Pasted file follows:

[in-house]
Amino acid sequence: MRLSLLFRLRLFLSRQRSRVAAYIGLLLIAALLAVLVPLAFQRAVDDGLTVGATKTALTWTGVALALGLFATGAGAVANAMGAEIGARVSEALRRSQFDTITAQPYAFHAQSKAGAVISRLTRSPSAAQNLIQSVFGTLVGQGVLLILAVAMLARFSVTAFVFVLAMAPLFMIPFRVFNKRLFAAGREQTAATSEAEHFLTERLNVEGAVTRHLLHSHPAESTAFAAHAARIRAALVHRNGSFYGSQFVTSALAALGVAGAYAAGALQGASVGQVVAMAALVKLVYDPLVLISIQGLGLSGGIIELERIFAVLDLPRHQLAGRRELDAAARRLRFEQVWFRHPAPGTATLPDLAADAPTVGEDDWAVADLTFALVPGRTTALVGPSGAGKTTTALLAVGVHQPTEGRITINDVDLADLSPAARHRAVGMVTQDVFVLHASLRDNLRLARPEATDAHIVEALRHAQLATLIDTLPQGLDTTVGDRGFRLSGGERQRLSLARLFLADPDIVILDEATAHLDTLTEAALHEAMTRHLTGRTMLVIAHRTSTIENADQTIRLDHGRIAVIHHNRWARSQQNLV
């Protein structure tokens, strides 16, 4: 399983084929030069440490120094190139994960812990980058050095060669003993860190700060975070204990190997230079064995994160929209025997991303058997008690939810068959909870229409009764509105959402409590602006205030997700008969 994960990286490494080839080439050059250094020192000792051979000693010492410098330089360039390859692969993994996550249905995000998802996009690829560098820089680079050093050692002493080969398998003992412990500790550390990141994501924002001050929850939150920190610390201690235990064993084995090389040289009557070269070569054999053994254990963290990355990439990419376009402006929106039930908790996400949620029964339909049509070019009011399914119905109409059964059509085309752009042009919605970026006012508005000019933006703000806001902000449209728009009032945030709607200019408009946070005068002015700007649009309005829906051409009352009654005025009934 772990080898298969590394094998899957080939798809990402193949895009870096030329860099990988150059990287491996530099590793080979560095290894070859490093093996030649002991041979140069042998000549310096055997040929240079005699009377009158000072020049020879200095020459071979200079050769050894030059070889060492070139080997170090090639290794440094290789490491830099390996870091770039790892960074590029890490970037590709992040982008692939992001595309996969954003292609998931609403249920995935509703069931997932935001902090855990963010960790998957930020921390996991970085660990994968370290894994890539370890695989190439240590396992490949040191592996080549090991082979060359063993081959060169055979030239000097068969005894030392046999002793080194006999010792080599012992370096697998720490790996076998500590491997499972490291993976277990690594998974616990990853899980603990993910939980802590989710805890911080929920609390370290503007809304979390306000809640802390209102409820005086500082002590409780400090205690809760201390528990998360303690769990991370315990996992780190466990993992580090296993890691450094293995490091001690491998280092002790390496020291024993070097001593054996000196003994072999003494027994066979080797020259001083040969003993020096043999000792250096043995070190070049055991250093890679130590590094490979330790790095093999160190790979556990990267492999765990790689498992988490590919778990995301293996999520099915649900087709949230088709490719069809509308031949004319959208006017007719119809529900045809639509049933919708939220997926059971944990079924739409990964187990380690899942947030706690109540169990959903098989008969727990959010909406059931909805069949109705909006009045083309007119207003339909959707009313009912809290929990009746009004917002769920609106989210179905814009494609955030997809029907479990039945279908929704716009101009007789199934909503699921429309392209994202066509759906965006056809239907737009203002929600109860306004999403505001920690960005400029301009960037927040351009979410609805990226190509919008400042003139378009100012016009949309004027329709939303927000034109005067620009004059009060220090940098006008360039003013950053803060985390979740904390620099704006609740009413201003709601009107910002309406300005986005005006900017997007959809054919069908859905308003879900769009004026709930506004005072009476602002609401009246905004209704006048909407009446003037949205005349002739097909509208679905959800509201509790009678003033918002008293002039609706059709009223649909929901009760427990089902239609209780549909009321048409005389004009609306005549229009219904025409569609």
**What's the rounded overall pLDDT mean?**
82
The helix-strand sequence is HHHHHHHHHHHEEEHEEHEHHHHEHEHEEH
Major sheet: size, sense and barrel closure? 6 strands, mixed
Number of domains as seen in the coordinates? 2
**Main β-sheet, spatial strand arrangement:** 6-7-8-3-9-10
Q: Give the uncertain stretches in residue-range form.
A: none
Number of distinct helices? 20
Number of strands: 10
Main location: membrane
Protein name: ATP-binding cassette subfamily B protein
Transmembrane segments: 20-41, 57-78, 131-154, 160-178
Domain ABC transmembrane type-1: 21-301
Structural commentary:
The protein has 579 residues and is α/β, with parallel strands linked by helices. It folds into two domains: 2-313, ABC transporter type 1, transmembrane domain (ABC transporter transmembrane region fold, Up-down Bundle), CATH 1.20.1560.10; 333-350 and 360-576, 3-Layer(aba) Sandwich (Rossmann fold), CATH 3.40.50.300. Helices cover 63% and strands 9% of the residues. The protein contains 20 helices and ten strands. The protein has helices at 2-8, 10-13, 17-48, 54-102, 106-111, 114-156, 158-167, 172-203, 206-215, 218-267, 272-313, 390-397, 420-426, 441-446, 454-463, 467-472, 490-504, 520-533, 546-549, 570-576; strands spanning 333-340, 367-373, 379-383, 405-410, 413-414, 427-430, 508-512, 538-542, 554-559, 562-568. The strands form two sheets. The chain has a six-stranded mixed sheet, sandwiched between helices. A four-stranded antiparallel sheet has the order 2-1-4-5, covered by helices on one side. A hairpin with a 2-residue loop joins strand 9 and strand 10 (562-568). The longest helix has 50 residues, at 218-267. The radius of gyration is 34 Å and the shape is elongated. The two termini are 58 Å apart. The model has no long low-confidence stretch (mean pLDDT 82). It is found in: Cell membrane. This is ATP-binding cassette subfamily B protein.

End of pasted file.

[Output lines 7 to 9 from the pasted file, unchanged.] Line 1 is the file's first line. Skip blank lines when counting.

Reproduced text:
Major sheet: size, sense and barrel closure? 6 strands, mixed
Number of domains as seen in the coordinates? 2
**Main β-sheet, spatial strand arrangement:** 6-7-8-3-9-10